• What is Batik?



    Most of us at one point or another have owned at least one piece of batik – maybe a dolphin or floral patterned sarong purchased as a swimsuit cover or perhaps a black, gold and red wall hanging with one’s favorite reggae singer or horticultural hobby (you know what I’m talkin’ about) for dorm room decoration. But, what do we really know about the skill and labor that went into those pieces or the extensive history behind batik as an art form?

    Batik cloth as a craft is arguably Indonesia’s most recognizable form of textile production. The origins of batik remain uncertain but what is known is that its roots can be traced back as far as 1500 years throughout Southeast Asia but has reached its most sophisticated form in the Indonesian archipelago. While there exists some evidence that men played a role in overall textile production, batik production is widely considered the domain of Indonesian women. Batiks are traditionally worn as garments but they are also used in rituals, especially to mark special occasions or for ceremonial purposes. The Batak people, for example, give batik cloth as gifts to commemorate important milestones such as births, marriages, deaths, and circumcisions.


    What is batik and how is it different than other patterned textiles? Batik is characterized by the resist-dye technique used to mark and color the cloth with intricate patterns and designs. Artists use a specific combination of beeswax and paraffin wax that’s been heated to a specific temperature, which ensures proper adhesion to the fabric and resistance to dye. Wax is applied directly onto woven cloth, usually with a canting, a slim pen-like piece of bamboo with a reservoir tip. Sometimes designs are drawn freehand; other times outlines are waxed over faint charcoal lines. The number of waxing and dyeing steps depends on the overall design and the mastery of the artist. Up to six colors (sometimes seven at a master level) can be achieved through the dyeing and re-dyeing process. This process is usually applied to a finely woven cotton cloth, but silk or rayon is used in today’s market.

    With these colors, beautiful patterns and designs can be achieved. There exists over 3,000 unique batik patterns, some dating back to prehistoric times and range from abstract to figurative form. Batik patterns are rich in history and symbolism – often incorporating stylized animals, birds, and ancestral figures. Until the 18th century, it was forbidden for the lower classes to wear specific patterns, as with the Surakarta and Yogyakarta cultures. Until the 20th century, some patterns were family owned or had been kept private, only available to elite rulers and their families.


    Indonesia’s history of trading with other cultures has also influenced new patterns and designs. Artisans have used geometrical and floral patterned Indian cloth, Chinese florals (now known as chintz), and European herald motifs as inspiration. Origins of symbols present among collected Indonesian textiles are also linked to Hindu and Buddhist cultures of mainland Asia. In the North, batik textiles from port and coastal towns exhibit bolder designs and brighter colors, maritime themes, and dragon motifs, undoubtedly an influence of Chinese imports and the sea trade.

    Because the application of color is a lengthy process, batiks with more color are considered more luxurious and more expensive. Before the development of synthetic dyes, colors were originally produced from vegetable or tropical plant material. Blue and black were extracted from leaves of native indigo plants. Purple was extracted from a variety of mangrove, Ceriops Tagal, and oranges and warmer reds from Bruguiera.  Red, purple, and brown, were produced from the root bark of Morinda that’s been crushed, mixed with water and then boiled. Reds are most time intensive to produce; often times, up to ten immersions are required for true color. In central Java, shavings of bark from a Peltophorum tree were boiled to produce hues ranging from yellow to a rich brown. Another yellow is derived from Cudrana Javanensis, which the Javanese import for the batik industry. When combined with indigo, it creates a true green color.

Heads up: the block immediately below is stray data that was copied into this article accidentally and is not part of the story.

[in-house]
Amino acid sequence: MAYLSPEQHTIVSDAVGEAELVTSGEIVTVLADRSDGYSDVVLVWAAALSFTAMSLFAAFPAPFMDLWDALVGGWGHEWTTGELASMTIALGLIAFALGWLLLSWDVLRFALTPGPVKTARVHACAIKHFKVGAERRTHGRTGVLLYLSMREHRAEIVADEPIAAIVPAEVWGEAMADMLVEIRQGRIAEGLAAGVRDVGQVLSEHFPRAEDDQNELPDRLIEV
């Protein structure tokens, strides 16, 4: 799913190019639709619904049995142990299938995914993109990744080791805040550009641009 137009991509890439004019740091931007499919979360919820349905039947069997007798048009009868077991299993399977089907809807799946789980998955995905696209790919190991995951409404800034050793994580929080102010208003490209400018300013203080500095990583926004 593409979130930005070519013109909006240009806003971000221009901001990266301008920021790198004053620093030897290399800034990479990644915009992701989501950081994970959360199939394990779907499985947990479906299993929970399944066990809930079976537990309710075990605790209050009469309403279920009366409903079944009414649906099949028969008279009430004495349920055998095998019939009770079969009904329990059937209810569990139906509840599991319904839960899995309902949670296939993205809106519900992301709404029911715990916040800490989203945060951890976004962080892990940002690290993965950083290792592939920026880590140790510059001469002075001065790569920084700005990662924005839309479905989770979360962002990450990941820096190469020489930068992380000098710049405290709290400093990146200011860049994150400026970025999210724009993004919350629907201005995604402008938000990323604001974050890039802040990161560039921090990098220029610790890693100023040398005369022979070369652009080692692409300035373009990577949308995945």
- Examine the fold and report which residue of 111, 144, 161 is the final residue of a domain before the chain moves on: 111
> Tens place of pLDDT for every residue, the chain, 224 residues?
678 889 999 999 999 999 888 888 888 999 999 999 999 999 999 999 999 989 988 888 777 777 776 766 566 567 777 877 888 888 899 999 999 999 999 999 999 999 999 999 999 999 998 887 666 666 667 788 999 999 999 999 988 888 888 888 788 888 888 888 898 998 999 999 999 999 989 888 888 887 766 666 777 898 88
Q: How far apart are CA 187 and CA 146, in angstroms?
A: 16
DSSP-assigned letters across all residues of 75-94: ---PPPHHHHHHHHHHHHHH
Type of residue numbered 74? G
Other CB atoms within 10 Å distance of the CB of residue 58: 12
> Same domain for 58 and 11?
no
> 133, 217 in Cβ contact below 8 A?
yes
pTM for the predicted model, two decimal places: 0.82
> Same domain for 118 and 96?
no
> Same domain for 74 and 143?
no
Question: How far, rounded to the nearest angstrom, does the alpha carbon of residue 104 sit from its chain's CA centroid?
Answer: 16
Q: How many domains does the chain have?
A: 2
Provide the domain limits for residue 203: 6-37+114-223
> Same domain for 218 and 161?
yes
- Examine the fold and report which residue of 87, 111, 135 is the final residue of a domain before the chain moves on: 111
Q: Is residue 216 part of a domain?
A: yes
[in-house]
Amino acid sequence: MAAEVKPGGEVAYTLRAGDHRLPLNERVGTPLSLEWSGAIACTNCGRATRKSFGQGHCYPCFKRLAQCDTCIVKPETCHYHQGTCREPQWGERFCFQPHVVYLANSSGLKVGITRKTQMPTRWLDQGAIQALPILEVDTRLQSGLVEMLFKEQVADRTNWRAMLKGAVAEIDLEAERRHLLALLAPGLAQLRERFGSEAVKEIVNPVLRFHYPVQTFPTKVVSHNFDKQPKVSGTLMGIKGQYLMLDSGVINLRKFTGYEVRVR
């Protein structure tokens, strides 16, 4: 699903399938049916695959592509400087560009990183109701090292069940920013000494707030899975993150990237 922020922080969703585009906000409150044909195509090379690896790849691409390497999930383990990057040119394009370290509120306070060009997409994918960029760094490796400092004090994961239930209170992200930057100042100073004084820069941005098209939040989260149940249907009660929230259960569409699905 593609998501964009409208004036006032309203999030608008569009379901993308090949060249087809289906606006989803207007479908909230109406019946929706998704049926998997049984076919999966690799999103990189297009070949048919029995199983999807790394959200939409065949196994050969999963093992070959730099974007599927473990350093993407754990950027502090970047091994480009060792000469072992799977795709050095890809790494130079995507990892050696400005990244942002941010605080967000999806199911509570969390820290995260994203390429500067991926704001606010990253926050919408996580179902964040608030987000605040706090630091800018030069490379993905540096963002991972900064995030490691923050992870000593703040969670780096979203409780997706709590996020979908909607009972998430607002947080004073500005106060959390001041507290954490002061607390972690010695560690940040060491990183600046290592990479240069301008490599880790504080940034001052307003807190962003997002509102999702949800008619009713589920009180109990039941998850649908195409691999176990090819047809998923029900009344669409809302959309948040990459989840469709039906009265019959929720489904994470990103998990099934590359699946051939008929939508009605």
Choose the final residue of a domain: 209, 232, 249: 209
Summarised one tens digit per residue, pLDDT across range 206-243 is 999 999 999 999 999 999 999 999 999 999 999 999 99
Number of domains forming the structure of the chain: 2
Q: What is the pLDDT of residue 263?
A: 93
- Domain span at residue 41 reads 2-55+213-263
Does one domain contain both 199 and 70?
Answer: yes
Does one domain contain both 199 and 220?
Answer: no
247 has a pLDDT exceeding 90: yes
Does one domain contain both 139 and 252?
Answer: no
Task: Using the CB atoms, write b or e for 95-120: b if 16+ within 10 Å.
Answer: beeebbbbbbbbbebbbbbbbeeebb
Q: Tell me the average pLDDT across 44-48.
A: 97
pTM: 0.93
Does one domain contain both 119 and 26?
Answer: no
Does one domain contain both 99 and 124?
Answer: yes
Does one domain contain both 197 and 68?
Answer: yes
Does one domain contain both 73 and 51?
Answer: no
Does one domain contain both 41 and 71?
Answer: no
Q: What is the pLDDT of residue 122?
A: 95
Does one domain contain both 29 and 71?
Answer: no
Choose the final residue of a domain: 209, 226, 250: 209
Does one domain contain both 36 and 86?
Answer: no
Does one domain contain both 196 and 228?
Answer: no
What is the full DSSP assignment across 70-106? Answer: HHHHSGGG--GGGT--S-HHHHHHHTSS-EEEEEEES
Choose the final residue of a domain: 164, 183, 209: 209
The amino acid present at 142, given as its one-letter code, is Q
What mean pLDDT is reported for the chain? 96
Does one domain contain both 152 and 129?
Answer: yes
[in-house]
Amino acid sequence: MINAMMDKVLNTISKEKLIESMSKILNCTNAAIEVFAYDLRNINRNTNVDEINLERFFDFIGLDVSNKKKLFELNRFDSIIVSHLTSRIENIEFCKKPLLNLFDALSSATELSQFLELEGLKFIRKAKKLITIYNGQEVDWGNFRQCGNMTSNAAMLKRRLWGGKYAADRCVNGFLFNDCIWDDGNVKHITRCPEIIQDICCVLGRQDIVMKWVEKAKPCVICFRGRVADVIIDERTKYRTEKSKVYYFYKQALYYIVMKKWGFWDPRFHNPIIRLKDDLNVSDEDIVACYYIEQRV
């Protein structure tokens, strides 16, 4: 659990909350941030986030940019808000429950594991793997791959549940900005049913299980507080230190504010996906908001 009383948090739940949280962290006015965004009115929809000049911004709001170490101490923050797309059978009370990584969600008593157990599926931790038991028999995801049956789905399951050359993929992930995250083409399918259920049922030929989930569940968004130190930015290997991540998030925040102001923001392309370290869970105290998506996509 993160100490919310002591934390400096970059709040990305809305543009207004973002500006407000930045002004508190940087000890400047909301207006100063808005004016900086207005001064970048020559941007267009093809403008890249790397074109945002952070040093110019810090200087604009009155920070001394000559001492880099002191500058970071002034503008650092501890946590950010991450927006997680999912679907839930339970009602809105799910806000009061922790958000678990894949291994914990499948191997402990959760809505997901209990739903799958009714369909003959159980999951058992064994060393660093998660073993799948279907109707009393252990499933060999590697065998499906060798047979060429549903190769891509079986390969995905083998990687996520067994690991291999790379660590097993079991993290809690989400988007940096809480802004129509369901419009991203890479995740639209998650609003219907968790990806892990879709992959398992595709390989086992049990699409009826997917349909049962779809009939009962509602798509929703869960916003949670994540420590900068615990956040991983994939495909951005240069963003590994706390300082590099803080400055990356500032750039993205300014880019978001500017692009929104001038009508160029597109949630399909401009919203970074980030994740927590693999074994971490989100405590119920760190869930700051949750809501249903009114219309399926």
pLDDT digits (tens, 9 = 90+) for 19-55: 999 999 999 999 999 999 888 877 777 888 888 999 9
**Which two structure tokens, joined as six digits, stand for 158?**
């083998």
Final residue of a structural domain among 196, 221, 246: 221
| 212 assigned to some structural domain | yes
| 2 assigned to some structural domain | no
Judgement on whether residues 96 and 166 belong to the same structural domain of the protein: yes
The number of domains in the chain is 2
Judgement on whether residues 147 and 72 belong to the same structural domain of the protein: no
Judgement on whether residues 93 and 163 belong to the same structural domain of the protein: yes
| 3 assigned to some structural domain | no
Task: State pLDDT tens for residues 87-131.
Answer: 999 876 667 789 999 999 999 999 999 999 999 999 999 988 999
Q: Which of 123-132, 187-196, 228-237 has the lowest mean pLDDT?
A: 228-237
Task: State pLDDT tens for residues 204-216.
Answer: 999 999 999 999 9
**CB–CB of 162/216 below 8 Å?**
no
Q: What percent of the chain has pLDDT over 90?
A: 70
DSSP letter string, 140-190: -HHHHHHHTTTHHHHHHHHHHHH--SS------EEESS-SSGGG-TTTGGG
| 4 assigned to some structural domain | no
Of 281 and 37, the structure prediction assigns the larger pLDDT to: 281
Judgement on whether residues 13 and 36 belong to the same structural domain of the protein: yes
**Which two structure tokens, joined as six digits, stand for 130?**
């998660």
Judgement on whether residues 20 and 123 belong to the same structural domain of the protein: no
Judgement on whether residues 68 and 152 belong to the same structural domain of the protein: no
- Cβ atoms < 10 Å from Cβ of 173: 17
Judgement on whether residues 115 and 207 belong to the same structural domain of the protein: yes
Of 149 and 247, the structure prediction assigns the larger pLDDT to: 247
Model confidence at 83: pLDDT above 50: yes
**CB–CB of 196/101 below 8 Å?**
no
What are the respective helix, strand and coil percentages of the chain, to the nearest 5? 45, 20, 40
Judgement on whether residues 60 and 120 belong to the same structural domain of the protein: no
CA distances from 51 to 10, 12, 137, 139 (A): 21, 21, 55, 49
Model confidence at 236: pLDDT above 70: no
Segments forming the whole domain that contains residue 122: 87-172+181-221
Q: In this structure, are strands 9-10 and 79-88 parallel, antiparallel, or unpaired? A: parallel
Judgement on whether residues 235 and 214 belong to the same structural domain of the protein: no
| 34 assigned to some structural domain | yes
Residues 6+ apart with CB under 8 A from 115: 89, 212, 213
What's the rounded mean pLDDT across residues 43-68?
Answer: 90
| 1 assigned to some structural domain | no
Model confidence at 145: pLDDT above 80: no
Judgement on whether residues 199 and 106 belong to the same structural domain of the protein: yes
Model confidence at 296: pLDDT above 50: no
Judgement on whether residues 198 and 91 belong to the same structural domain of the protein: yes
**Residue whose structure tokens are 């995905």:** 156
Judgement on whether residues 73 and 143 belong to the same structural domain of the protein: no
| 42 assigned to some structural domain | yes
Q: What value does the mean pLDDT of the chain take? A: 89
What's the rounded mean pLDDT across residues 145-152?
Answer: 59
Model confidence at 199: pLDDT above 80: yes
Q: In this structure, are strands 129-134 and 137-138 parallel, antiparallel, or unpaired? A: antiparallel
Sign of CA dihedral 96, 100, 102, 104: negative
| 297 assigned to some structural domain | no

The above dyeing techniques have been refined over the centuries. It’s a complex process due to the various ways in which color can react to particular fabrics.  Artists have developed methods to control color by mixing ground plants with lime, gypsum, or metallic salts.  New colors in batik designs, like pale and bright pinks, lilacs, and pastels are now possible because the dyeing process has been refined for the commercial market.

    So, take another look at your hibiscus print sarong or your Bob Marley wall hanging…. Can you see how the design has emerged? The process is quite remarkable, really. Even with just two colors, the precision of line and saturation of color on even the simplest batik is something to behold. What is being produced today in Bali ranges from two-color contemporary patterns (shown above) to some really amazing hand painted cloths that can easily be considered true works of art. Curating this season’s selection has been a pleasure and I look forward to sharing it all with you! For a sneak preview of batik and other fairly traded items available soon, please visit JUST’s Facebook page. Like what you see? ‘Like’ our page and help spread the word – the 250th fan AND the Facebooker who suggested it to them will win a free cotton batik – terima kasi!

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